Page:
"One Blast Upon His Bugle Horn Were Worth A Thousand Men"
Context: Ellen Douglas, daughter of a banished lord, appears at Stirling Castle just after the king has defeated Clan-Alpine, a revolted clan led by the mighty Roderick Dhu. She and her escort, the old minstrel Allan-bane, are conducted into a room filled with rough soldiers. At first the soldiers' attitude towards the girl is one of coarse levity, but when she uncovers her face, her beauty stills them with wonder and admiration. She announces that she has a ring, the gift of the king, the displaying of which to the monarch will gain her admission to her captive father. The officer who appears to conduct her is flippant and forward until he sees the ring; when he examines its design he becomes highly respectful. Ellen is conducted into a room in which there is not her father, but the wounded Roderick Dhu. He demands that Allan-bane sing of the victory of Clan-Alpine over Dermid's race, a song he has heard before. The minstrel obeys and describes the ebbing and flowing fortunes of the battle. At one point the forces of Clan-Alpine are pushed back: and then where was Roderick Dhu, the sound of whose horn was as stimulating as would be the arrival of a thousand fresh soldiers?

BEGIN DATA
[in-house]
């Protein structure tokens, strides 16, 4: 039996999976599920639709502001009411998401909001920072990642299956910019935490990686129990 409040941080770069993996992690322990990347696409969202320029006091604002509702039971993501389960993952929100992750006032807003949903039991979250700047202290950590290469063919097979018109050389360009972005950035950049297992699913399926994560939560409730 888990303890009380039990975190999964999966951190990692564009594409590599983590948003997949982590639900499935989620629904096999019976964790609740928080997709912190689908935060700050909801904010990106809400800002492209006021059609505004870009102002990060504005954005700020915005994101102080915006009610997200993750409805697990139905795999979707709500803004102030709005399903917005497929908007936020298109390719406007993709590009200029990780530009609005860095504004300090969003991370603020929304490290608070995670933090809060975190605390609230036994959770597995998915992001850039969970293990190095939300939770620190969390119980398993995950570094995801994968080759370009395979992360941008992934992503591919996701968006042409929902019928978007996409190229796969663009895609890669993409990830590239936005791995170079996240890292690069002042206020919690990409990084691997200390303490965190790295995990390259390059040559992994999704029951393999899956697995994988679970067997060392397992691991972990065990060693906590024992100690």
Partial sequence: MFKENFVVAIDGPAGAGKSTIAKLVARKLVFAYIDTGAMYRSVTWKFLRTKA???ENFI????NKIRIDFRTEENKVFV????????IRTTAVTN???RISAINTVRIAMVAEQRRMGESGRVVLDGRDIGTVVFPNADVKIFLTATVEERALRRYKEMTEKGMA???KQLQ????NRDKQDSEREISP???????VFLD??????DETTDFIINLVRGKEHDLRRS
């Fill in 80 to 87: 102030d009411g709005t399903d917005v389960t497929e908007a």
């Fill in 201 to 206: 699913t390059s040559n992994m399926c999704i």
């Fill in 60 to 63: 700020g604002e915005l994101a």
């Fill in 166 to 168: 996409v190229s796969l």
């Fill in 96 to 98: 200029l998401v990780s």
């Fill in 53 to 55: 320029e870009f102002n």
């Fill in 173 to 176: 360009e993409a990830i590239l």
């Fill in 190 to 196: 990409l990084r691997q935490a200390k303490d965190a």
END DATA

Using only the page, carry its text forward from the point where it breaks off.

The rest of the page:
. . .But Moray wheeled his rearward rankOf horsemen on Clan-Alpine's flank,–"My banner-man, advance!I see," he cried, "their column shake.Now, gallants! for your ladies' sake,Upon them with the lance."–The horsemen dashed among the rout,As deer break through the broom;Their steeds are stout, their swords are out,They soon make lightsome room.Clan-Alpine's best are backward borne–Where, where was Roderick then!One blast upon his bugle hornWere worth a thousand men.And refluent through the pass of fearThe battle's tide was poured;Vanished the Saxon's struggling spear,Vanished the mountain sword.. . .